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Old January 2, 2013, 06:32 PM   #28
Join Date: April 20, 2012
Posts: 40

Blackstone's Commentaries on English Common Law are the basis of the rights of both Englishmen in the Colonies and Americans after the revolution. The Constitution, all our laws, our "rights", and separation of powers are highly influenced by Blackstone's Commentaries. Blackstone discusses the right to keep & bear arms as follows.....

"Another important source further illustrating this point is William Blackstone's Commentaries on the Laws of England, in which he explains the underlying purpose of the right to keep and bear arms as understood in the English common law.[25] According to Blackstone, [Page 209] the liberties of Englishmen are reducible into three principal rights: the right of personal security, the right of personal liberty, and the right of private property.[26] However, Blackstone asserted that any declaration of these rights would be meaningless "if the constitution had provided no other method to secure their actual enjoyment."[27]
The common law, therefore, developed barriers against infringement upon these rights.[28] According to Blackstone, whenever the government infringed upon any of the three principal rights, the people could employ certain auxiliary rights to ameliorate the problem.[29] First, the people had the right to apply to the court system for redress of injuries.[30] Second, the people had the right to "petition[] the king, or either house of parliament, for the redress of grievances."[31] However, if these branches of government failed to provide the necessary relief, then the people had the right of having and using arms for their defense and self-preservation "when the sanctions of society and laws are found insufficient to restrain the violence of oppression."[32]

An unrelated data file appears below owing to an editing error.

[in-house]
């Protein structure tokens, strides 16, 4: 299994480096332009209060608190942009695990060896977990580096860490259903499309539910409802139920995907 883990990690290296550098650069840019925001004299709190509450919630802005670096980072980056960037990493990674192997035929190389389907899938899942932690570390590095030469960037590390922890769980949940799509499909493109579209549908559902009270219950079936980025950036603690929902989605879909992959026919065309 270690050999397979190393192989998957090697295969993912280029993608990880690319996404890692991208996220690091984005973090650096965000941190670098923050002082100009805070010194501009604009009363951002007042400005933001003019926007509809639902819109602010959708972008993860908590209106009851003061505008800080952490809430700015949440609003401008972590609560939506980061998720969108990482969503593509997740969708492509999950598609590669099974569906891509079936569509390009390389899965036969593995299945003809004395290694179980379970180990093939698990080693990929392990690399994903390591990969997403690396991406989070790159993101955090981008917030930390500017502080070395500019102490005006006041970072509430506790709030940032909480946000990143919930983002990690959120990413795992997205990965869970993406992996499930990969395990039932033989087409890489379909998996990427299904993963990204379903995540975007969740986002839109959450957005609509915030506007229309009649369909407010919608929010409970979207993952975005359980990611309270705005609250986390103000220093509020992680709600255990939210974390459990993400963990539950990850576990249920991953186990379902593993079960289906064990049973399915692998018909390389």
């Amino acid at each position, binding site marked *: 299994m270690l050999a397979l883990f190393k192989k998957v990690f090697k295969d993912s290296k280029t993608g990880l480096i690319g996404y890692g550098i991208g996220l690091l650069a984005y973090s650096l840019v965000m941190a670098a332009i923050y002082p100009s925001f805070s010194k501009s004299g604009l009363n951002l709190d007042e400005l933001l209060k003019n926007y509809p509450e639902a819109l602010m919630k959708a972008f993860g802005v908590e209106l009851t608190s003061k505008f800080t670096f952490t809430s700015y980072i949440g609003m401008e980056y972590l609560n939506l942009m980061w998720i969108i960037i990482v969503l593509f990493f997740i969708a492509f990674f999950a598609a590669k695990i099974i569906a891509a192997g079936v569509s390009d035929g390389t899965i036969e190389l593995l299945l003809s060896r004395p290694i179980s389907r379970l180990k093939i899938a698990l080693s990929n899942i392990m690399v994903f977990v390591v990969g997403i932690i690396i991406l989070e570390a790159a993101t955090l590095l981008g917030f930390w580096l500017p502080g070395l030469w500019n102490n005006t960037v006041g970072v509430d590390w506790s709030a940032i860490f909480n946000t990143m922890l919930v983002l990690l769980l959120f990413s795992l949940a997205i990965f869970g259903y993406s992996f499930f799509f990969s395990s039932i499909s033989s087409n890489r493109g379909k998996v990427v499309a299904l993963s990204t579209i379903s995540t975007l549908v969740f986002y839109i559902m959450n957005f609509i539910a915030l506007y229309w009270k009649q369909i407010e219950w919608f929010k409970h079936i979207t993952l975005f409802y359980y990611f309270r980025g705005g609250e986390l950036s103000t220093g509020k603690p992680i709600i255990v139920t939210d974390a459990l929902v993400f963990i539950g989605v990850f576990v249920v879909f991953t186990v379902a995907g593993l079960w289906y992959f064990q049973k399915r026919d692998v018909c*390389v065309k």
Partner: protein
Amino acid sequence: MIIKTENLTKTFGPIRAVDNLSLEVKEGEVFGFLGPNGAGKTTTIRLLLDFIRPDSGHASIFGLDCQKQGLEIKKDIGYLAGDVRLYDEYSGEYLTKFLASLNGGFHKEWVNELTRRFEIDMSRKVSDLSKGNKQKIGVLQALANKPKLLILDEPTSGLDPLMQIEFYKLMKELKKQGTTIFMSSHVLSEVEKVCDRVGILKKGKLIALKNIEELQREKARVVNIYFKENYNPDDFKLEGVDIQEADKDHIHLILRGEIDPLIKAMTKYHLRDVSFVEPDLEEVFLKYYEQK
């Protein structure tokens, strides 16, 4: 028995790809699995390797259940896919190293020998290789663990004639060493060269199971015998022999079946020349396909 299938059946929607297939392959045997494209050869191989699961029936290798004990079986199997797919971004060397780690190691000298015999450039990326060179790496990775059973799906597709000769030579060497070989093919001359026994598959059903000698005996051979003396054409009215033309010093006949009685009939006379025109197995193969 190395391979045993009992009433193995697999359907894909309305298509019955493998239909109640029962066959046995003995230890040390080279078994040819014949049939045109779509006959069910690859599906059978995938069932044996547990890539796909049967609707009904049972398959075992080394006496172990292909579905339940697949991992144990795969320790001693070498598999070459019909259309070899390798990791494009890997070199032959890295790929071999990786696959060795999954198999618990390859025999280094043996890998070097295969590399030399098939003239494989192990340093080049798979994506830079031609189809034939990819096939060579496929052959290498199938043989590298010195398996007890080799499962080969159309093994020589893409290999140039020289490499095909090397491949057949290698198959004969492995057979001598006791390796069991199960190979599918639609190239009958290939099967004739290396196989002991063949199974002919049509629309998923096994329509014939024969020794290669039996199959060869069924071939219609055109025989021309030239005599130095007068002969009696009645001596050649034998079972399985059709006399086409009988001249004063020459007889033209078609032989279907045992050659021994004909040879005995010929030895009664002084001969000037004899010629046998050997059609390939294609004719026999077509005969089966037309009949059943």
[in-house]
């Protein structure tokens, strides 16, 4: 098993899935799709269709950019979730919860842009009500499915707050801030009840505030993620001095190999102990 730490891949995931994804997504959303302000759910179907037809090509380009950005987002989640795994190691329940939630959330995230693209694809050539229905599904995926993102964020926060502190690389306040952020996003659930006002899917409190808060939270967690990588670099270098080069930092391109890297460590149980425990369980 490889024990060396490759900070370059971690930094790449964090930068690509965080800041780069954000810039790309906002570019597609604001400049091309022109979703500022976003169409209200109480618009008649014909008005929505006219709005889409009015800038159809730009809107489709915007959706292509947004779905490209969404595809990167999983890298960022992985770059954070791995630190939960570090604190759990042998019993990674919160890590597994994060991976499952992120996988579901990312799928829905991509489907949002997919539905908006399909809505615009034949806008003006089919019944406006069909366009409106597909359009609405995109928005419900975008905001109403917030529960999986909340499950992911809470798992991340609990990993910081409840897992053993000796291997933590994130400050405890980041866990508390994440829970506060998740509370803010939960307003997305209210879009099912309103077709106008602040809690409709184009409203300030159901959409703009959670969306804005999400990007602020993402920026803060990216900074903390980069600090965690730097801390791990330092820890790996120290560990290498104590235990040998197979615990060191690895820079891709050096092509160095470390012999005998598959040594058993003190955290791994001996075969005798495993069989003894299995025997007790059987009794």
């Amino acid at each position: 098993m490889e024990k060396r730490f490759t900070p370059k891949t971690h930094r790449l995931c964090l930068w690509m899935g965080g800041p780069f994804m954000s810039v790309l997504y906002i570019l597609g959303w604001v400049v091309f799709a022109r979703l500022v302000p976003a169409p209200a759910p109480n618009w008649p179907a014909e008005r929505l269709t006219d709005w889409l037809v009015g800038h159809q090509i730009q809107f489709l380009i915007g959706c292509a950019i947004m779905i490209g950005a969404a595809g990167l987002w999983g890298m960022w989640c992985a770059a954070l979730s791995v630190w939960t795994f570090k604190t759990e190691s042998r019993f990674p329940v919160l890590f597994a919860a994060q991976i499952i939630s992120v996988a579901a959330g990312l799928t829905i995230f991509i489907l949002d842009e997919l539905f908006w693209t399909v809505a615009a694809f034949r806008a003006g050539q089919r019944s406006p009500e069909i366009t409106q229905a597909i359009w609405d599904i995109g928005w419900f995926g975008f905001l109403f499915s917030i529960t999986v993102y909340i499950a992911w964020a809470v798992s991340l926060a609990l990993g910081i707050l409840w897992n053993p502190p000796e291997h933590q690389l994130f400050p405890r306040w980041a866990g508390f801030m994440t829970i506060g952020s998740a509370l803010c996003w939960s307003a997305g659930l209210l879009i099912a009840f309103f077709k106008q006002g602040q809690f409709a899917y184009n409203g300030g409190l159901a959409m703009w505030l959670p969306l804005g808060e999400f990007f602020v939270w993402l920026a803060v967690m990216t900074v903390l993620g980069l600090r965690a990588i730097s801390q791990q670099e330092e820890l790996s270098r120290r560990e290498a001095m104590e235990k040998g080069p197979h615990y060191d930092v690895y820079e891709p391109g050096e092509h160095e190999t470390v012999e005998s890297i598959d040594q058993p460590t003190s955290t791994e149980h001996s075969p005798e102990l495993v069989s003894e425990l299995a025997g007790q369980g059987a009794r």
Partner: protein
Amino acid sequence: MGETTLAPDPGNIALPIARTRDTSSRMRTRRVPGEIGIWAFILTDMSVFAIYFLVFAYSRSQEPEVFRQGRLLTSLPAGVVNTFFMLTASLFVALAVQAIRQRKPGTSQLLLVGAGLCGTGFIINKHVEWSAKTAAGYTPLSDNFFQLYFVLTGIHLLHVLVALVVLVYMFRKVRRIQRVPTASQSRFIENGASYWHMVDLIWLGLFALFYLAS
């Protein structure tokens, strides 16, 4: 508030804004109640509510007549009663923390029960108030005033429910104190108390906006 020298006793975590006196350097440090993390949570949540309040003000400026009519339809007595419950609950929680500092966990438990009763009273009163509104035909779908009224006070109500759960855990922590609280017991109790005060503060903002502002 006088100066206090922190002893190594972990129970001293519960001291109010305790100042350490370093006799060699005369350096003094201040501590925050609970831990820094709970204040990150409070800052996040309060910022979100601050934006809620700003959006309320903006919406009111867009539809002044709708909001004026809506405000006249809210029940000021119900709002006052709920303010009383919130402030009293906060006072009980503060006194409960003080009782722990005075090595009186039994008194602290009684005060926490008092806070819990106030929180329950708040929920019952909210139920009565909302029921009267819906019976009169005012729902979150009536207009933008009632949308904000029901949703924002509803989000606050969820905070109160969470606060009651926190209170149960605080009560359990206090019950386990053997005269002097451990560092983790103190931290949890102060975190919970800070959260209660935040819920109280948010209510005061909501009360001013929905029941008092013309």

According to Blackstone, English common law recognized the right to own guns as a way for an individual to protect himself and "the three great and primary rights"[33] in the face of an actual violation or attack by a tyrannical government.[34] In essence, under the common law, individual gun ownership is to serve as the final safeguard when the government fails to protect the rights of the people.[35]"
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